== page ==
A group photo with Sarah Srp and her day care kids is all lined up.
The kids are in place, the photographer is ready to push the button, and …
… and a little girl comes out of nowhere and pops into the center of the frame.
“Photo bomb!” Srp shouts.
The Kasson woman, surrounded by about seven wee little ones, clearly loves to have fun. As do her tiny clients at Sarah’s Day Care.
They just had breakfast, made “sugar scrub” exfoliant, and are ready to venture into the backyard.
“Busy all the time,” Srp says, addressing the toddlers with a smile. “We don’t have a dull moment, do we? Uff-das!”
For her work over nearly nine years, Srp, 35, was honored as 2017 Provider of the Year by the Dodge County Licensed Child Care Association.
The award coincides with Licensed Family Child Care Provider Week, May 7-13, and National Provider Day (May 12).
“I’m humbled,” she says. “I’m just doing my job. But it’s nice to be recognized.”
Srp says she knew at a young age that she wanted to work with children (her mother, Bonnie Broda, also was a daycare provider). The Princeton native earned a special education degree from Winona State University.
She was teaching special education when she decided she wanted to be home with her own children.
And now she’s a multi-tasking super-mom for about 10 children, creating kid projects for special days such as Mother’s Day, Father’s Day and Christmas.
Srp makes home-made snacks. And tries hard to enforce nap time.
“Ohhh, yeah,” she says. “Some days we can get ‘em all down at the same time, sometimes not.”
She seems immune to the constant din. The kids stay close to her in this kid-friendly house.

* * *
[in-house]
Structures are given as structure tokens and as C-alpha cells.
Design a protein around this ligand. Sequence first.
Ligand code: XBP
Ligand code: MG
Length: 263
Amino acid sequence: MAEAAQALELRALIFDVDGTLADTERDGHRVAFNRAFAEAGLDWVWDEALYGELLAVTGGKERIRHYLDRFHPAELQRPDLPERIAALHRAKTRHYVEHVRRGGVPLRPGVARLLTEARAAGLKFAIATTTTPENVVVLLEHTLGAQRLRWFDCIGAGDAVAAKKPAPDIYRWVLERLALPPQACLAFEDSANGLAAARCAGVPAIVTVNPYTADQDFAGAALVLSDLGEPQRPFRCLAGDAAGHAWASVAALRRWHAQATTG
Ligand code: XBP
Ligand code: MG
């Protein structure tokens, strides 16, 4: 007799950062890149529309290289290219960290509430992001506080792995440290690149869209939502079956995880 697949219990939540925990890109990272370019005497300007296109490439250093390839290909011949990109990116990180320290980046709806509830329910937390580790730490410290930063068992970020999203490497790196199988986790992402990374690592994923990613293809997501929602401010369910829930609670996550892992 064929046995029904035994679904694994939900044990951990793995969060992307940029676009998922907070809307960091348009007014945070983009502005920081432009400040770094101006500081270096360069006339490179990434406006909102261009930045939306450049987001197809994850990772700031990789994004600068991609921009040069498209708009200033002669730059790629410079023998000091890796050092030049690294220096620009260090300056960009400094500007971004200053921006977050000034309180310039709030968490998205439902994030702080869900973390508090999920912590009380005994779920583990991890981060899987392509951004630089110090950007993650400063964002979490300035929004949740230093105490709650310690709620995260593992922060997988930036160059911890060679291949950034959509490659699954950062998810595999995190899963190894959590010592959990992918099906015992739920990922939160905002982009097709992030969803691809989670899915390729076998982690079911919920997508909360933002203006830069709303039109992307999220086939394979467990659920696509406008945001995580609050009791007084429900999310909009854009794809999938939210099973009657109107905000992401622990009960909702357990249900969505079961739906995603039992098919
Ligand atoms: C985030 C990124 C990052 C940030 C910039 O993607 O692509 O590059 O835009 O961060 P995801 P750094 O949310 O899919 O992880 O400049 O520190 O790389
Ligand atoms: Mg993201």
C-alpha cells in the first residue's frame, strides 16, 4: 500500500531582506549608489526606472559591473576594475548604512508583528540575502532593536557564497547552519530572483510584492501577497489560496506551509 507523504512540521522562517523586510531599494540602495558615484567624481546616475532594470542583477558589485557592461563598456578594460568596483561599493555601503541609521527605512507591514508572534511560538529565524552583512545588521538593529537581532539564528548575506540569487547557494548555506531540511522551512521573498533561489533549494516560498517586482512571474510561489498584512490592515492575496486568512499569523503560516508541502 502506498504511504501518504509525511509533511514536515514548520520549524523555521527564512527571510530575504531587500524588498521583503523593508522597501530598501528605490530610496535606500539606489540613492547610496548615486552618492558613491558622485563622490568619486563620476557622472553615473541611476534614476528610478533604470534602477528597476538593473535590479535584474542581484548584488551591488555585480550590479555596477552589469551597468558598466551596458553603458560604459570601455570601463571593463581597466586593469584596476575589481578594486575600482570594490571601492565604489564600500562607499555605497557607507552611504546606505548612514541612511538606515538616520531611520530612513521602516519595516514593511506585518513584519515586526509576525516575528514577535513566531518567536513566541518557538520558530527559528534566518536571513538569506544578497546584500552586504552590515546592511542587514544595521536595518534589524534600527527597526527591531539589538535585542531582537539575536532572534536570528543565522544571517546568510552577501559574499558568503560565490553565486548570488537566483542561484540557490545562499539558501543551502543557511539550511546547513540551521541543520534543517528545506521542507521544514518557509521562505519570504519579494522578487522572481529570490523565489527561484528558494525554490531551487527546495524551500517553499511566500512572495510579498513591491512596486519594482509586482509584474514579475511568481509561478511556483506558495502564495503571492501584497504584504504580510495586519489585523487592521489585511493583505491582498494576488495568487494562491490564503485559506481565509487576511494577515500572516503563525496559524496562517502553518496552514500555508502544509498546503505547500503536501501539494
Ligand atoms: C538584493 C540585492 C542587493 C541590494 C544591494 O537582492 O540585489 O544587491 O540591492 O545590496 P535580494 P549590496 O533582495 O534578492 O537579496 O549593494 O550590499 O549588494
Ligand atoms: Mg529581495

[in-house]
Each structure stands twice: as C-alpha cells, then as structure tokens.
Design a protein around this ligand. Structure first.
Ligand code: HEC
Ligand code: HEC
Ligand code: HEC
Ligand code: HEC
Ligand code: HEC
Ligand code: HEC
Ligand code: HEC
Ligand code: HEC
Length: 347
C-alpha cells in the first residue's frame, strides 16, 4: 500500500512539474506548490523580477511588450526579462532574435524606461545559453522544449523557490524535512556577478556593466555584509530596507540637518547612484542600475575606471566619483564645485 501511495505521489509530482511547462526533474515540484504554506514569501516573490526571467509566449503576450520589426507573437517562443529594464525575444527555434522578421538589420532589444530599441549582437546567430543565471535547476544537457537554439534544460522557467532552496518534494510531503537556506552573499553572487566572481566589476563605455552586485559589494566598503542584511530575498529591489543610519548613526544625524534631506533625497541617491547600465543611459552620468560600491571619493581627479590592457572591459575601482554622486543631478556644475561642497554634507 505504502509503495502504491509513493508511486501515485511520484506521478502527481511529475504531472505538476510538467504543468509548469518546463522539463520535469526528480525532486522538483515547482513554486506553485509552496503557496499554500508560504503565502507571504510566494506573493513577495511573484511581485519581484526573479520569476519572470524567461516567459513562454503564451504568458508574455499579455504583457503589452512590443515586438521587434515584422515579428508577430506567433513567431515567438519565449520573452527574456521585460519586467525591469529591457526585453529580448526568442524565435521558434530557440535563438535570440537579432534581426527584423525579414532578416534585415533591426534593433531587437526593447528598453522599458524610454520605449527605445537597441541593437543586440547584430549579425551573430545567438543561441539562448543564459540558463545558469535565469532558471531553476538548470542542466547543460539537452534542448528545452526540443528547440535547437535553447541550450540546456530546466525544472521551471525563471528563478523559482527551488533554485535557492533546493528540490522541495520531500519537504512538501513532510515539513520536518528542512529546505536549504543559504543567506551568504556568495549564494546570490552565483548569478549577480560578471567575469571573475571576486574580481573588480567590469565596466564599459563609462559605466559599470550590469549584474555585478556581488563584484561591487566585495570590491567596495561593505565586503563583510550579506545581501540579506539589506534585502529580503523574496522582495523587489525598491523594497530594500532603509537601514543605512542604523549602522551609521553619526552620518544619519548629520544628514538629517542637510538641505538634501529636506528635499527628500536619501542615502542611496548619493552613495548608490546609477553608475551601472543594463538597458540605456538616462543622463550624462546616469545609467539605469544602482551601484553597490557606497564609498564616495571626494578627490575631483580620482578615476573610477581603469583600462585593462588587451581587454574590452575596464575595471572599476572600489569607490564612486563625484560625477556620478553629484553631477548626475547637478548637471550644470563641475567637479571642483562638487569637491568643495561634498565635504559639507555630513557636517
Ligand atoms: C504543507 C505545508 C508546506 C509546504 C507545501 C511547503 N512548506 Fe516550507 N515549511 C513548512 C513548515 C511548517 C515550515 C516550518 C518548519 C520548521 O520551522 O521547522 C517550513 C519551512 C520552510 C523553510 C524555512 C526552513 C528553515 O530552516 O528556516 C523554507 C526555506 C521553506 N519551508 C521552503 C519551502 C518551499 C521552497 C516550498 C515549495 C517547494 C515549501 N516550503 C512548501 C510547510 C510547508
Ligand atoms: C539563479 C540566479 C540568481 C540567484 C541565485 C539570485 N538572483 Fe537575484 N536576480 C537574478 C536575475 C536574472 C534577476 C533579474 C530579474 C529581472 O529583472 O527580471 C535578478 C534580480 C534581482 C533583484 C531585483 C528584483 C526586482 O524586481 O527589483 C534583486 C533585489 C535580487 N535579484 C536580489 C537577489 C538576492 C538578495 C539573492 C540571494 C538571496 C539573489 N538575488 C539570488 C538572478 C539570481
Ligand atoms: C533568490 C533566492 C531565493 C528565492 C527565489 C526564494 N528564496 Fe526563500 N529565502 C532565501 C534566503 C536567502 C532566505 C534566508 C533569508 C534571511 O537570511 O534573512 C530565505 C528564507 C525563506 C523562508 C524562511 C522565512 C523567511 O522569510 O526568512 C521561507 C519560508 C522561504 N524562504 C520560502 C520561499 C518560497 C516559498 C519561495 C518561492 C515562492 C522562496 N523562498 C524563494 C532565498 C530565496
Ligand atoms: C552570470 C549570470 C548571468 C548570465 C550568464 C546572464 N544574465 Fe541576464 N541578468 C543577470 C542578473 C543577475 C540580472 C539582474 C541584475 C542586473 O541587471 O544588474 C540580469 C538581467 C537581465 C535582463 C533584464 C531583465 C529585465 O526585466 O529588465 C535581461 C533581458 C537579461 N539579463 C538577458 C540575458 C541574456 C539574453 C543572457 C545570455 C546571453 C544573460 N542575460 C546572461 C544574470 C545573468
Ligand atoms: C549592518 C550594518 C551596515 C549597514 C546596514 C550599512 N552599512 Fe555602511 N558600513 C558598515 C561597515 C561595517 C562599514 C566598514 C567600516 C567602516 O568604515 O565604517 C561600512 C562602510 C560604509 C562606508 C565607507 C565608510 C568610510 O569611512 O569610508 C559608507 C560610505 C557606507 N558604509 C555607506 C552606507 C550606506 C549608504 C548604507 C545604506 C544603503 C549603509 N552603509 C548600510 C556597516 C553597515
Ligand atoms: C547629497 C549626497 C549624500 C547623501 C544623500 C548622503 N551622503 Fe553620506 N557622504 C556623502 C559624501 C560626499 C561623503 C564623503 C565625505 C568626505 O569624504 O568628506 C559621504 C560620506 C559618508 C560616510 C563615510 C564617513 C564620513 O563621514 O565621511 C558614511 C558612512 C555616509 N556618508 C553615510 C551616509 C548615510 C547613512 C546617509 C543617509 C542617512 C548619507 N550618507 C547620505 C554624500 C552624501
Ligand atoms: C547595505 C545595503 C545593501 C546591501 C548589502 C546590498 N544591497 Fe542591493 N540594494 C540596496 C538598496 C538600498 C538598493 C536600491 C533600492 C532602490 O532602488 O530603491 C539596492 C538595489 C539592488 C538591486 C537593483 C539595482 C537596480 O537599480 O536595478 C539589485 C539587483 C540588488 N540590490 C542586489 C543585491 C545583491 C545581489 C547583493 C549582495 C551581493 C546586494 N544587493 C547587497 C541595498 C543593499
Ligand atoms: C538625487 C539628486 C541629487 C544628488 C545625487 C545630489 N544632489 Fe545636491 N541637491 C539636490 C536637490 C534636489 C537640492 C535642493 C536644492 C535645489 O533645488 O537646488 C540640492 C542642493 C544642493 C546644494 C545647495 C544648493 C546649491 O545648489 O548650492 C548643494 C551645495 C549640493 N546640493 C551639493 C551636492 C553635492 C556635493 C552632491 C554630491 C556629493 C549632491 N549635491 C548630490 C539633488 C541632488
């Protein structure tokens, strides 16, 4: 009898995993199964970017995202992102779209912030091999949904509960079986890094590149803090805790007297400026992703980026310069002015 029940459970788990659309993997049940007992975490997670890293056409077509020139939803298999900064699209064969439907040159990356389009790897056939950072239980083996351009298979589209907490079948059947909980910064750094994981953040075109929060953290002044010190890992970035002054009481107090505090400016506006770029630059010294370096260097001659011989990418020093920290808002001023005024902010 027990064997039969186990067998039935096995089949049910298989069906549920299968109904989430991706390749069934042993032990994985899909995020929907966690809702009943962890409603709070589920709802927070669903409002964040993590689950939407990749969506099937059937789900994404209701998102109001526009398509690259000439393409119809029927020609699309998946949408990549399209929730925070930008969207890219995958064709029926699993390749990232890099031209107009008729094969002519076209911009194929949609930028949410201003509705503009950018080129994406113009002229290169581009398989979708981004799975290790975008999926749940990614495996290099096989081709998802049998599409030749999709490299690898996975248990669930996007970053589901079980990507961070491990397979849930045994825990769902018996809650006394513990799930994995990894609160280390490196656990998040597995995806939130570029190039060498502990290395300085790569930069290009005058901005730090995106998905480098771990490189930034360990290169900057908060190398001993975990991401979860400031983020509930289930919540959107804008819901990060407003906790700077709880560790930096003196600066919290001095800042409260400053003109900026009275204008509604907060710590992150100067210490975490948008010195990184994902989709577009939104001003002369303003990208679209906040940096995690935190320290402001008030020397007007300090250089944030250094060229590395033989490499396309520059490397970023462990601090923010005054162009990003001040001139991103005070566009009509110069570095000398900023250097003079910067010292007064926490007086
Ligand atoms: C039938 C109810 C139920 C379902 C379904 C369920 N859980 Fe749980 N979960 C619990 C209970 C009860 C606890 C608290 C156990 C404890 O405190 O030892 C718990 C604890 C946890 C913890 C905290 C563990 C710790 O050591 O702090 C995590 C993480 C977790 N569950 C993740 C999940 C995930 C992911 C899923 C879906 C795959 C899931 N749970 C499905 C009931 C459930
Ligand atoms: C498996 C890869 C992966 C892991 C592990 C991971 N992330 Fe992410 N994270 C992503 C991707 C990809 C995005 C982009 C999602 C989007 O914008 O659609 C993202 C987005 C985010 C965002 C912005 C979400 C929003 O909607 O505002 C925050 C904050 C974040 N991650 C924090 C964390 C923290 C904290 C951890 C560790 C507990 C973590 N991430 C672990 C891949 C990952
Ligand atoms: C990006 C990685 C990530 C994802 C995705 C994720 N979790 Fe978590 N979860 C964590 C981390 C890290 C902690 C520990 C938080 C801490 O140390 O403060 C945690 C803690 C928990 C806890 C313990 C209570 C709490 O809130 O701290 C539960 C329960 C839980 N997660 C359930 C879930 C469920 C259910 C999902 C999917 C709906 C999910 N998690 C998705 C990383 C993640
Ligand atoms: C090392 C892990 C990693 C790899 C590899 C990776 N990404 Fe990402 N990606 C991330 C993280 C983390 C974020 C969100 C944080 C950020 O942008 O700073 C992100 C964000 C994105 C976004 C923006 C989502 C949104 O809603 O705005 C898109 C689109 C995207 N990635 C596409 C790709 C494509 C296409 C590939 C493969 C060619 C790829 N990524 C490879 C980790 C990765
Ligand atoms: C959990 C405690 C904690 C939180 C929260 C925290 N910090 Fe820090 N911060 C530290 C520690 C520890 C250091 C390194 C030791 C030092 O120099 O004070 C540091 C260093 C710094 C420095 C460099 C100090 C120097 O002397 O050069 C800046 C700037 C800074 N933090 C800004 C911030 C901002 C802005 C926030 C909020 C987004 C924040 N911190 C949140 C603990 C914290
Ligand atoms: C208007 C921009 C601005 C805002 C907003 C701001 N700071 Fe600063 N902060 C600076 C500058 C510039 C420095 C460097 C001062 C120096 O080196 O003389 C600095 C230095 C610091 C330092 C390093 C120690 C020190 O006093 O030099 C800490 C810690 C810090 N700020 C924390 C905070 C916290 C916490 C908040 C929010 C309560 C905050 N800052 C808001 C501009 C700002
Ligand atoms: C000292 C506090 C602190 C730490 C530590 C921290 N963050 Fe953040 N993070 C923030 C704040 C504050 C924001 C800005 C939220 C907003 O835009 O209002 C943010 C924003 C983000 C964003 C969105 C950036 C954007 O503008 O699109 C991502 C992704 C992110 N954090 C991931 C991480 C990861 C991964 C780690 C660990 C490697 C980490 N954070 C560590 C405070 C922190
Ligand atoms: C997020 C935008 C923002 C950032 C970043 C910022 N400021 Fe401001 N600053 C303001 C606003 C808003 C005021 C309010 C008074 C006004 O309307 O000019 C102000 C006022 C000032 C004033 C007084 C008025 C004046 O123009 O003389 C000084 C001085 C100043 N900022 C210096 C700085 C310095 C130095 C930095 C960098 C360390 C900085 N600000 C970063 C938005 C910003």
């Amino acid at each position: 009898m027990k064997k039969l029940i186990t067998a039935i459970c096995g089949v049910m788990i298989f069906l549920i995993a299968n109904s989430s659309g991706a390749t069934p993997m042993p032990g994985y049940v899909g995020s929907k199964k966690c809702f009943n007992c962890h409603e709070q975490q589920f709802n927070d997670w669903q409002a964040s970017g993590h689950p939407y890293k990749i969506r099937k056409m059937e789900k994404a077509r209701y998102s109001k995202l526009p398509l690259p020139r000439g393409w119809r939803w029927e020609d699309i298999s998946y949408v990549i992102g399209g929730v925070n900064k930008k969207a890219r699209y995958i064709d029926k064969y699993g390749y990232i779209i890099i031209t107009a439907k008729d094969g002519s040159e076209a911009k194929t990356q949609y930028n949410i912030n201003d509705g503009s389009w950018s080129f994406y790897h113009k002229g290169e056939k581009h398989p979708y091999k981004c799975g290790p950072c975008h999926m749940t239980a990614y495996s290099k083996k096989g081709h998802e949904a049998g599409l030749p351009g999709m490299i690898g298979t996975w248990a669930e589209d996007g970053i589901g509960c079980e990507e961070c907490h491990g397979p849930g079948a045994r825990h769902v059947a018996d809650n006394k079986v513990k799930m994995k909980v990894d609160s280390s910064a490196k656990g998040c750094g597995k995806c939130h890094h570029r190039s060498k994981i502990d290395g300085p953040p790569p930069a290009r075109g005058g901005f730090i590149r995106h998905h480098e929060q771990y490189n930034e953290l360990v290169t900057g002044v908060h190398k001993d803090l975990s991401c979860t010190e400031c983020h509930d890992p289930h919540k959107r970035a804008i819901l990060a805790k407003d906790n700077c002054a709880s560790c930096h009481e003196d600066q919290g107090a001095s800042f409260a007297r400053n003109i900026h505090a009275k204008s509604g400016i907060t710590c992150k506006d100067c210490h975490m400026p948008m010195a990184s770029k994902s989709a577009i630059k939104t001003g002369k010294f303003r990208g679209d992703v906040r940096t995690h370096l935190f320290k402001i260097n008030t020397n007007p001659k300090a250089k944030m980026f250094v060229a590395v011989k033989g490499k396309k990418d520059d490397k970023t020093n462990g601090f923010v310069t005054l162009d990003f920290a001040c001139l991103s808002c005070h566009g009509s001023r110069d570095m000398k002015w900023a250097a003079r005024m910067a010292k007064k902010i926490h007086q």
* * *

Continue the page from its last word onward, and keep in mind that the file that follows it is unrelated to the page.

But it’s hectic, non-stop work.
“Sometimes people think it’s an easy job,” she says. “We don’t get that lunch break. You don’t get to run errands like other people get to. I don’t have that luxury.”
She smiles when a little boy shows off a scratch on the side of his head - the result of a tree-kid encounter.
“It wouldn’t move,” he says.
“I treat these kids like my own – very nurturing,” Srp says. “I just really try to give them a basis to make them good citizens and students. It’s a lot of repetition. I think for the most part it’s rewarding. ‘Oh, I finally get it!’ Or the milestones – walking for the first time, seeing themselves, sitting up, writing a letter. Anything that their little minds figure out.”
Srp has experience, comes up with good ideas, and is willing to try anything, says Association board member Cheryl Gillard of Dodge Center.
She went ahead and took a Parent Aware course, which helps child care and early education professionals invest in their professional development, improve their quality, and grow in their careers, according to parentaware.org.
Srp served two years as president of the Dodge County Association.
“She’s very positive,” Gillard says. “She has a good outlook on the daycare and shares all the frustrations that we all have, especially with the government making all these changes on us.”
“She’s not only dedicated to her daycare children, she’s also active in the community with her own children,” says Lisa Ripley of Kasson, the Association’s board secretary, who nominated Srp for the honor.
“She just kind of takes charge, and has the feelings of the kids first at hand.”